2. Andy Muenz says:

    Despite the win, I think these are overall a bit high (otherwise the minimum score in a 7-0 win against DC would have to be an 11). That being said, I think Bedoya especially is too high as he really needs to be docked for not using his head and getting himself suspended next week.

    • Jim O'Leary says:

      I felt the same, but looking on the whole I couldn’t realistically single out a player that deserved less. Even Bedoya, I can’t punish the guy for getting benched when I’ve long been campaigning for him to get rested more often.

      • Andy Muenz says:

        Getting forcibly benched by the league is different than getting benched by coach’s decision like this past game when he could come on and help bail the team out for 30 minutes.

  3. Why no rankings from the Miami game?

  4. soccerdad720 says:

    I agree with andy on the bedoya ‘docking of points’ what the Heck…and he’s our captain.

    Cory Burke is just a lazy player. Lazy.

  5. Leon needs more coaching on passing the ball and he’ll be fine. He’s a defensive menace to the other team, but too often just turns the ball over through a bad touch or ill-timed pass.
    Burke had cinder blocks for feet when receiving a pass at times.
    With a whole week to rest, let’s see if the whole A-Team gets the start.

  6. Tim Jones says:

    Vincent Nogueira was not a number 10, (Attacking Center Midfielder). He was a number 6 (defensive central midfielder) who some times ranged forward and was sometimes asked to play as an 8, all in a 4-2-3-1.
    Borek Dockal was an actual number 10 who played as such and was the best classic ACM the Union have had, in my opinion of course.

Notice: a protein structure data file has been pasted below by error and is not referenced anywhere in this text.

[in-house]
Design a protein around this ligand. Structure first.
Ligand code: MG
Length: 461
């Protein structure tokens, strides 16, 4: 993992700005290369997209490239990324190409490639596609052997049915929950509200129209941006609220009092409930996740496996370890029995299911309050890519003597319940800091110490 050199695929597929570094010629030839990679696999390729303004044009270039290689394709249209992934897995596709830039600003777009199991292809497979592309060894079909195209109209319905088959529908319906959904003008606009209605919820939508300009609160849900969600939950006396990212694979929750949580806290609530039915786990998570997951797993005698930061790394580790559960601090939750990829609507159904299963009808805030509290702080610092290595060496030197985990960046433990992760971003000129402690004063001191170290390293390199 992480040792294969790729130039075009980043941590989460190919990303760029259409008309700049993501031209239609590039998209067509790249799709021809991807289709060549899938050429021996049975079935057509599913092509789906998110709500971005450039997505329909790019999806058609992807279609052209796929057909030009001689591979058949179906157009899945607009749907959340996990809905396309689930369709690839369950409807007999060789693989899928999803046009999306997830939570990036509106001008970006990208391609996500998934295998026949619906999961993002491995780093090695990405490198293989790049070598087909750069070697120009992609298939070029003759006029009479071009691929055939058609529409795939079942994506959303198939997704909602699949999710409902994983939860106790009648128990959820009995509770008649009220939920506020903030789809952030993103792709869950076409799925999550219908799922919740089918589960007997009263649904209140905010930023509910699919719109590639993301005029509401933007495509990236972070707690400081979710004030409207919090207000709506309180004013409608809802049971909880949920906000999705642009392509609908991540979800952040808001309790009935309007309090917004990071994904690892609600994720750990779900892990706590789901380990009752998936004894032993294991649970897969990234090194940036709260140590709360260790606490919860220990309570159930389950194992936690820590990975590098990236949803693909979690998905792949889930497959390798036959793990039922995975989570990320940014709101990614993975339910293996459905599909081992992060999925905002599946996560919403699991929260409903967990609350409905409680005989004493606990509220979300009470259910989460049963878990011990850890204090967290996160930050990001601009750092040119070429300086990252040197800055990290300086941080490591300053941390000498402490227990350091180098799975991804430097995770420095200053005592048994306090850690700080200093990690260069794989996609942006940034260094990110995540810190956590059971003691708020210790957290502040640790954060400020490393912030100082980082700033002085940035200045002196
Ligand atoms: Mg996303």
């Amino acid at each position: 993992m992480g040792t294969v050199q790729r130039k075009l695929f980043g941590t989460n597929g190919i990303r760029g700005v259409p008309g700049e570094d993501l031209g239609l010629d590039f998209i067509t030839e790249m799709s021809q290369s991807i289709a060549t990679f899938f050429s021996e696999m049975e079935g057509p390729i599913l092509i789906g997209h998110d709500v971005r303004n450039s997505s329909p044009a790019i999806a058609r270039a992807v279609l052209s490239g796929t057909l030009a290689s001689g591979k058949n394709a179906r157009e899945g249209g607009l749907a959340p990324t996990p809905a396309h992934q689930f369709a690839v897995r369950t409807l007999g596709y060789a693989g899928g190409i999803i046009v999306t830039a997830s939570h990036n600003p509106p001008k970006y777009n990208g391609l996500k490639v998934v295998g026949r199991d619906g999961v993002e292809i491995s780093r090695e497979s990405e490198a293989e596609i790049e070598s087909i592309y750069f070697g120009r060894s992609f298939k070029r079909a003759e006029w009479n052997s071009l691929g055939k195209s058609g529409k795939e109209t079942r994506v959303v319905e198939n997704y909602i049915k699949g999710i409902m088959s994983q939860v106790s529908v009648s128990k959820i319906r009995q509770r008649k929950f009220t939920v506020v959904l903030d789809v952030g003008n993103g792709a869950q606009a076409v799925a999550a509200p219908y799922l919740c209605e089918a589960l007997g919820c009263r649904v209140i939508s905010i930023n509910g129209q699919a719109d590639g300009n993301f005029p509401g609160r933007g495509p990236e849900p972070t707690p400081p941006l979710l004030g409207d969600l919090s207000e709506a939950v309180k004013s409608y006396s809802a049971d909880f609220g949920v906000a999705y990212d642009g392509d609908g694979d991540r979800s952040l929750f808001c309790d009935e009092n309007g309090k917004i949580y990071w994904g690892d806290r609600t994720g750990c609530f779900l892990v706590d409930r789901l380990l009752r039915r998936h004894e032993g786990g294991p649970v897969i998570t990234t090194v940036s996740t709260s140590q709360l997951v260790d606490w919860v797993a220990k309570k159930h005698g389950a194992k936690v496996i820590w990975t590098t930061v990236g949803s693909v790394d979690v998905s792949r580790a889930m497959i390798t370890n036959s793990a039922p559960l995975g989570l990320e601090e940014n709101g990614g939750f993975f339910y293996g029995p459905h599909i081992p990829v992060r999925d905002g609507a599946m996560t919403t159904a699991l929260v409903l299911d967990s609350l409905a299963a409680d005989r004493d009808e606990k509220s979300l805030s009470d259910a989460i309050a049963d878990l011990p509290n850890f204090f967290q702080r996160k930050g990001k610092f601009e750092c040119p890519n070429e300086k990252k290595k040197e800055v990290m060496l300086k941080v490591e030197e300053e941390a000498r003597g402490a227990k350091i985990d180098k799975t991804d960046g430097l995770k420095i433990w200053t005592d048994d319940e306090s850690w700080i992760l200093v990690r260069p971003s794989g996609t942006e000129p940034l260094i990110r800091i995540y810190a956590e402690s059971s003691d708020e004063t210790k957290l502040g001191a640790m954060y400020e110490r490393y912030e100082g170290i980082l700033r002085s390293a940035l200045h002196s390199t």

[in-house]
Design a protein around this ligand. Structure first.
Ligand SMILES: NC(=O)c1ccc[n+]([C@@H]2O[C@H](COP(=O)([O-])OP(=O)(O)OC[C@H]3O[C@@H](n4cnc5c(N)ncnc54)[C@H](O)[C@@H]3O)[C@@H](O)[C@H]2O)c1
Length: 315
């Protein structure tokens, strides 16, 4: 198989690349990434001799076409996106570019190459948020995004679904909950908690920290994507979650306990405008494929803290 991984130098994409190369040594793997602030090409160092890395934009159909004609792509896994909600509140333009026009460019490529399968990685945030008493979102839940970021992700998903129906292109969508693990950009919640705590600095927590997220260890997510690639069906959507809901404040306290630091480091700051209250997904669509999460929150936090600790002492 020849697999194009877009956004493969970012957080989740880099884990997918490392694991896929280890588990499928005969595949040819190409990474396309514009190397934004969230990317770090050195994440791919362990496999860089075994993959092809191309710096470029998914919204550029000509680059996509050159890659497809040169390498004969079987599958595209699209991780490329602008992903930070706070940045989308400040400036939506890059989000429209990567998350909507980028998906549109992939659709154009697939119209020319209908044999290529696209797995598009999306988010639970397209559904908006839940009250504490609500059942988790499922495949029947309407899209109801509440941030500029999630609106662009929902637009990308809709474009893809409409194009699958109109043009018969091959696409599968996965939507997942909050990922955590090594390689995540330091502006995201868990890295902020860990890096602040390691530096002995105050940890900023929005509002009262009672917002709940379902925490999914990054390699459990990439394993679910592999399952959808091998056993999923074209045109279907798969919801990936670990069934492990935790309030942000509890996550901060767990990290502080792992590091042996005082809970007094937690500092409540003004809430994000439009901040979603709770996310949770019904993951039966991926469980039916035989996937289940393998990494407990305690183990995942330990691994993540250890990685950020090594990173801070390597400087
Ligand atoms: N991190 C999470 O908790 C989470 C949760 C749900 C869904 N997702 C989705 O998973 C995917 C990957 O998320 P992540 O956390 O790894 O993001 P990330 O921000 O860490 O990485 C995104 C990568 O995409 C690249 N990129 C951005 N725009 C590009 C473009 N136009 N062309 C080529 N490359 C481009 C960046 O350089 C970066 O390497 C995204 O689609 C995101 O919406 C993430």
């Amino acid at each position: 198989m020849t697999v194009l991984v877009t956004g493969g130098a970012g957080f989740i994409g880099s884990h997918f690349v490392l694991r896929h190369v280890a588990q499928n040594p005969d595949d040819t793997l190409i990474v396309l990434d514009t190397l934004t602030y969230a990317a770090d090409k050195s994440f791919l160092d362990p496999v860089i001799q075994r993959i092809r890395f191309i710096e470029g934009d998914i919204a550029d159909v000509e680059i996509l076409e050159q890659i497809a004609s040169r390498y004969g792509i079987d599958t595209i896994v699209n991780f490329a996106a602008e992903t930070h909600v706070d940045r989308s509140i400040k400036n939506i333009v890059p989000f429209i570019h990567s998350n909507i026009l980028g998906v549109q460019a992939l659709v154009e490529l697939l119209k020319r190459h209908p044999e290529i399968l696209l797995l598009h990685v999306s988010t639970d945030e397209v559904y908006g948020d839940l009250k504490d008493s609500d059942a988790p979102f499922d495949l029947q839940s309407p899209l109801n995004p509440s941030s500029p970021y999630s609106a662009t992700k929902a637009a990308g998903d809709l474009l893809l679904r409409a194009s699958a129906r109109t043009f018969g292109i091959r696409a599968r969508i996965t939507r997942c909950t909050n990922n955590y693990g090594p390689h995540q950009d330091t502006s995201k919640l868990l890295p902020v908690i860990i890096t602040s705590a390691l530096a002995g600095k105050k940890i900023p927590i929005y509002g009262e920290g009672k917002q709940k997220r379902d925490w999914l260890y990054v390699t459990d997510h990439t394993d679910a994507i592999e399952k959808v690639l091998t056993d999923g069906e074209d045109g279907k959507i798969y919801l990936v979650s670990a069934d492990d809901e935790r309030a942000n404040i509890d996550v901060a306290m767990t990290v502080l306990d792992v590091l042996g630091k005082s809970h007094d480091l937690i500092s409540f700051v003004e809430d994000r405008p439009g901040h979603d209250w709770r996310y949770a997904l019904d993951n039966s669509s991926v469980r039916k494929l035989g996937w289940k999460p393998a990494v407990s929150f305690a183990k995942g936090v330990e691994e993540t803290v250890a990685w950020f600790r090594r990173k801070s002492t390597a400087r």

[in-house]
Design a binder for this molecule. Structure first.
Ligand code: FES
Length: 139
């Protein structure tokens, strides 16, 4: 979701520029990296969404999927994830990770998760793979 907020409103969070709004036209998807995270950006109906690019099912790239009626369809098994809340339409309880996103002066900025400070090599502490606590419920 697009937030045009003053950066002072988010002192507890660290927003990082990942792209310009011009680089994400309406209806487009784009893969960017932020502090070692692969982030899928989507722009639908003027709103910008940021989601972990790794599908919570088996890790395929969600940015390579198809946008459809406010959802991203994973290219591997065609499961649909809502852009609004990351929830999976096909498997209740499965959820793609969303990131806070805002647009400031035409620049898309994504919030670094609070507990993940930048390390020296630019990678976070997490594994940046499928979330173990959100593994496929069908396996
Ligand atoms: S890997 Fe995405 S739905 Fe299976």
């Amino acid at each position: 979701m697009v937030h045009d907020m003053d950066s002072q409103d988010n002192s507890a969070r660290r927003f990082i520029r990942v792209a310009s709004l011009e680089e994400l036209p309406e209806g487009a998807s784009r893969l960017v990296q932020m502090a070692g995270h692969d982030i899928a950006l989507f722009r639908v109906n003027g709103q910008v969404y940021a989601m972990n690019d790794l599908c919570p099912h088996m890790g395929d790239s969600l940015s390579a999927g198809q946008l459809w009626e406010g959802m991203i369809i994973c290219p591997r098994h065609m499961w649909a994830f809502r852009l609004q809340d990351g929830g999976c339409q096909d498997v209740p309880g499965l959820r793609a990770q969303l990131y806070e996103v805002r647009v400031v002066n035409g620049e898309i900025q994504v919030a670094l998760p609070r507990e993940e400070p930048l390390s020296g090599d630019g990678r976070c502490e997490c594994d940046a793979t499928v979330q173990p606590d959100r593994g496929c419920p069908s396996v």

My quibble over historical detail takes nothing away from Jim’s underlying point about the quality of Daniel Gazdag’s play this year. I will not gild the lily about his attacking play. It has been thoroughly treated here and elsewhere.
    But I will call attention to his endurance. He plays a position that requires a tremendous amount of running, since he is the third attacker and the fourth midfield defender. He has been doing the running all year.
    His running has meant that opposing coaches have had to prepare almost as though they were facing an outright three-man attacking line.

  7. First 20 minutes was the most engaged I have been in a nonplayoff union game. Jack ICE IN HIS VEINS McGlynn. good lord. He and Martinez seem to have a mature co-understanding. His touch is deft. Perfectly weighted passes. Both feet. I want to see this formation again, but with elliot for findley (obviously) and bedoya in for flach. I want Wagner to come forward more with Flach dropping back into LB

  8. Deez Nuggs says:

    I felt for the DC game “Why quibble? Just give everyone a 10 and be done with it.” Of course, I’ve shot myself in the foot. Because in several ways, this performance was better.
    I’ll nay argue a single rating.

  9. McGlynn was rightfully recognized for his great play as one of the two DM’s in the 4-2-3-1. Great job by him. Once the subs came in, it did, however, demonstrate that he entirely lacks the foot speed to play on either side of the diamond (a complaint I’ve made before). He changes from a great asset in distribution to a huge liability in transition.

    The durability of and play of Gazdag, Brujo, Glesnes, Kai and Carranza (and also Jack before this week) really deserves recognition. Their strong play and continuity (along with Blake being Blake) has me cautiously optimistic for the second half of the season.

    My only concern is CB depth with Stu leaving. We have to be in the market for another, right?? Brandon Craig can’t be our only cover can he??